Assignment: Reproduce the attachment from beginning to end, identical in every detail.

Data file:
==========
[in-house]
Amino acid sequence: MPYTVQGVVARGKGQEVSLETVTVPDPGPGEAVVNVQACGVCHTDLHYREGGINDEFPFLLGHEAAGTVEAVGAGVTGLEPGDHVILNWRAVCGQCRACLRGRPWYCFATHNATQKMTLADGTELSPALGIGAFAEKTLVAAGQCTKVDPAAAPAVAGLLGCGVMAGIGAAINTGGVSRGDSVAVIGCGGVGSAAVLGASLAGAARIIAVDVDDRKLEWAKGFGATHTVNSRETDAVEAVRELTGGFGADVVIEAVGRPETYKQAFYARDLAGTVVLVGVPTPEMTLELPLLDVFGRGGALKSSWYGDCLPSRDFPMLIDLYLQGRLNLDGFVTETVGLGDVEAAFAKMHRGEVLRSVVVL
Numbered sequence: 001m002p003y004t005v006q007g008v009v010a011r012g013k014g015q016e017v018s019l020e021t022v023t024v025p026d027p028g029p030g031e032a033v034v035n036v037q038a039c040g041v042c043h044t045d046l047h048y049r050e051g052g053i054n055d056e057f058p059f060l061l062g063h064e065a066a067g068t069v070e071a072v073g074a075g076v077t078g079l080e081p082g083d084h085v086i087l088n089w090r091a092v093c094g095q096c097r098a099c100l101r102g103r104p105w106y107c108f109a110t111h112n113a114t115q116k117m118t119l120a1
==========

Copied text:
[in-house]
Amino acid sequence: MPYTVQGVVARGKGQEVSLETVTVPDPGPGEAVVNVQACGVCHTDLHYREGGINDEFPFLLGHEAAGTVEAVGAGVTGLEPGDHVILNWRAVCGQCRACLRGRPWYCFATHNATQKMTLADGTELSPALGIGAFAEKTLVAAGQCTKVDPAAAPAVAGLLGCGVMAGIGAAINTGGVSRGDSVAVIGCGGVGSAAVLGASLAGAARIIAVDVDDRKLEWAKGFGATHTVNSRETDAVEAVRELTGGFGADVVIEAVGRPETYKQAFYARDLAGTVVLVGVPTPEMTLELPLLDVFGRGGALKSSWYGDCLPSRDFPMLIDLYLQGRLNLDGFVTETVGLGDVEAAFAKMHRGEVLRSVVVL
Numbered sequence: 001m002p003y004t005v006q007g008v009v010a011r012g013k014g015q016e017v018s019l020e021t022v023t024v025p026d027p028g029p030g031e032a033v034v035n036v037q038a039c040g041v042c043h044t045d046l047h048y049r050e051g052g053i054n055d056e057f058p059f060l061l062g063h064e065a066a067g068t069v070e071a072v073g074a075g076v077t078g079l080e081p082g083d084h085v086i087l088n089w090r091a092v093c094g095q096c097r098a099c100l101r102g103r104p105w106y107c108f109a110t111h112n113a114t115q116k117m118t119l120a1